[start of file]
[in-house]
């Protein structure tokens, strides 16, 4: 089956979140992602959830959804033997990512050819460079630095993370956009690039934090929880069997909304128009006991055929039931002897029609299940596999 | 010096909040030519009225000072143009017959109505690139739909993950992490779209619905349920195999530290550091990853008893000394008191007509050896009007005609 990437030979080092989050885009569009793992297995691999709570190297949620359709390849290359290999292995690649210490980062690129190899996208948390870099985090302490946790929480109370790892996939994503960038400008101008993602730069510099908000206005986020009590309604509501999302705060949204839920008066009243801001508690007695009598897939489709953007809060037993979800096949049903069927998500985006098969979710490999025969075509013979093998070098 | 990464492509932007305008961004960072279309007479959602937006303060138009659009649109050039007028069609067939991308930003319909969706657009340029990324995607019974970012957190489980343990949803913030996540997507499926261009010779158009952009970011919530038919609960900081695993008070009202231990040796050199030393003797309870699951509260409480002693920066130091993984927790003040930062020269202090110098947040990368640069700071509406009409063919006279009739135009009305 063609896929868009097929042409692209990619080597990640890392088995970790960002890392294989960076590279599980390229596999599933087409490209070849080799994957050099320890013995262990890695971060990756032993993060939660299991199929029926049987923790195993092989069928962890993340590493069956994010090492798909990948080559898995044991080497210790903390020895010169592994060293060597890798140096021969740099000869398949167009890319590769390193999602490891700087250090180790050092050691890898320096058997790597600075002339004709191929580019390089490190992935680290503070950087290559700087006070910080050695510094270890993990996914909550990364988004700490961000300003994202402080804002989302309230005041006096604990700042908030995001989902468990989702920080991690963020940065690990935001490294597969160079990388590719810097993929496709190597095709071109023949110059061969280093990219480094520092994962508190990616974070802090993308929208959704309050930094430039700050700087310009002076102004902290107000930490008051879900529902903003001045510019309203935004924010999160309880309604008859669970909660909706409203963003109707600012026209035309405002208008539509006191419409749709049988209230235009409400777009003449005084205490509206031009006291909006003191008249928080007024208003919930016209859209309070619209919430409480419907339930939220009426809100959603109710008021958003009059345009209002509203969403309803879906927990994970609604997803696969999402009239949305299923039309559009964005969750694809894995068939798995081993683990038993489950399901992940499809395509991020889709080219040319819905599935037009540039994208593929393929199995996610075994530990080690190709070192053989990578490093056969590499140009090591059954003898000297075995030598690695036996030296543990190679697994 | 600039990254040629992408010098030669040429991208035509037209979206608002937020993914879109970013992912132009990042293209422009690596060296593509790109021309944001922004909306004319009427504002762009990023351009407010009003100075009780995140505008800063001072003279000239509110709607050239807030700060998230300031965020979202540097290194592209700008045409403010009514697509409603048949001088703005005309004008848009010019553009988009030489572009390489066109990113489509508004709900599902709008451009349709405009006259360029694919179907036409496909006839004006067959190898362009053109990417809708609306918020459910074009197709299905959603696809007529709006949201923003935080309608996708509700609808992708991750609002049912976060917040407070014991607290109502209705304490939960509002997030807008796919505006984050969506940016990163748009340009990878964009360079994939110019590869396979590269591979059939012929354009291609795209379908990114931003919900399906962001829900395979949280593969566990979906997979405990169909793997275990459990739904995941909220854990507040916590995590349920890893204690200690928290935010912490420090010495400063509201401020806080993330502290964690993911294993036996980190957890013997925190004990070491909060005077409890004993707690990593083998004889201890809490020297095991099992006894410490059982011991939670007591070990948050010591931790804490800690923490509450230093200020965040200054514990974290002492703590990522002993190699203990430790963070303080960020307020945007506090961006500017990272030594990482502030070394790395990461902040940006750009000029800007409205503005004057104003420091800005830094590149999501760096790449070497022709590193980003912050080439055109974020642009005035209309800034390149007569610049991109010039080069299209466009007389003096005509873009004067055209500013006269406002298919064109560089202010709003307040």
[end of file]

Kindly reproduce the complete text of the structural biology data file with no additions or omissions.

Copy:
[in-house]
């Protein structure tokens, strides 16, 4: 089956979140992602959830959804033997990512050819460079630095993370956009690039934090929880069997909304128009006991055929039931002897029609299940596999 | 010096909040030519009225000072143009017959109505690139739909993950992490779209619905349920195999530290550091990853008893000394008191007509050896009007005609 990437030979080092989050885009569009793992297995691999709570190297949620359709390849290359290999292995690649210490980062690129190899996208948390870099985090302490946790929480109370790892996939994503960038400008101008993602730069510099908000206005986020009590309604509501999302705060949204839920008066009243801001508690007695009598897939489709953007809060037993979800096949049903069927998500985006098969979710490999025969075509013979093998070098 | 990464492509932007305008961004960072279309007479959602937006303060138009659009649109050039007028069609067939991308930003319909969706657009340029990324995607019974970012957190489980343990949803913030996540997507499926261009010779158009952009970011919530038919609960900081695993008070009202231990040796050199030393003797309870699951509260409480002693920066130091993984927790003040930062020269202090110098947040990368640069700071509406009409063919006279009739135009009305 063609896929868009097929042409692209990619080597990640890392088995970790960002890392294989960076590279599980390229596999599933087409490209070849080799994957050099320890013995262990890695971060990756032993993060939660299991199929029926049987923790195993092989069928962890993340590493069956994010090492798909990948080559898995044991080497210790903390020895010169592994060293060597890798140096021969740099000869398949167009890319590769390193999602490891700087250090180790050092050691890898320096058997790597600075002339004709191929580019390089490190992935680290503070950087290559700087006070910080050695510094270890993990996914909550990364988004700490961000300003994202402080804002989302309230005041006096604990700042908030995001989902468990989702920080991690963020940065690990935001490294597969160079990388590719810097993929496709190597095709071109023949110059061969280093990219480094520092994962508190990616974070802090993308929208959704309050930094430039700050700087310009002076102004902290107000930490008051879900529902903003001045510019309203935004924010999160309880309604008859669970909660909706409203963003109707600012026209035309405002208008539509006191419409749709049988209230235009409400777009003449005084205490509206031009006291909006003191008249928080007024208003919930016209859209309070619209919430409480419907339930939220009426809100959603109710008021958003009059345009209002509203969403309803879906927990994970609604997803696969999402009239949305299923039309559009964005969750694809894995068939798995081993683990038993489950399901992940499809395509991020889709080219040319819905599935037009540039994208593929393929199995996610075994530990080690190709070192053989990578490093056969590499140009090591059954003898000297075995030598690695036996030296543990190679697994 | 600039990254040629992408010098030669040429991208035509037209979206608002937020993914879109970013992912132009990042293209422009690596060296593509790109021309944001922004909306004319009427504002762009990023351009407010009003100075009780995140505008800063001072003279000239509110709607050239807030700060998230300031965020979202540097290194592209700008045409403010009514697509409603048949001088703005005309004008848009010019553009988009030489572009390489066109990113489509508004709900599902709008451009349709405009006259360029694919179907036409496909006839004006067959190898362009053109990417809708609306918020459910074009197709299905959603696809007529709006949201923003935080309608996708509700609808992708991750609002049912976060917040407070014991607290109502209705304490939960509002997030807008796919505006984050969506940016990163748009340009990878964009360079994939110019590869396979590269591979059939012929354009291609795209379908990114931003919900399906962001829900395979949280593969566990979906997979405990169909793997275990459990739904995941909220854990507040916590995590349920890893204690200690928290935010912490420090010495400063509201401020806080993330502290964690993911294993036996980190957890013997925190004990070491909060005077409890004993707690990593083998004889201890809490020297095991099992006894410490059982011991939670007591070990948050010591931790804490800690923490509450230093200020965040200054514990974290002492703590990522002993190699203990430790963070303080960020307020945007506090961006500017990272030594990482502030070394790395990461902040940006750009000029800007409205503005004057104003420091800005830094590149999501760096790449070497022709590193980003912050080439055109974020642009005035209309800034390149007569610049991109010039080069299209466009007389003096005509873009004067055209500013006269406002298919064109560089202010709003307040």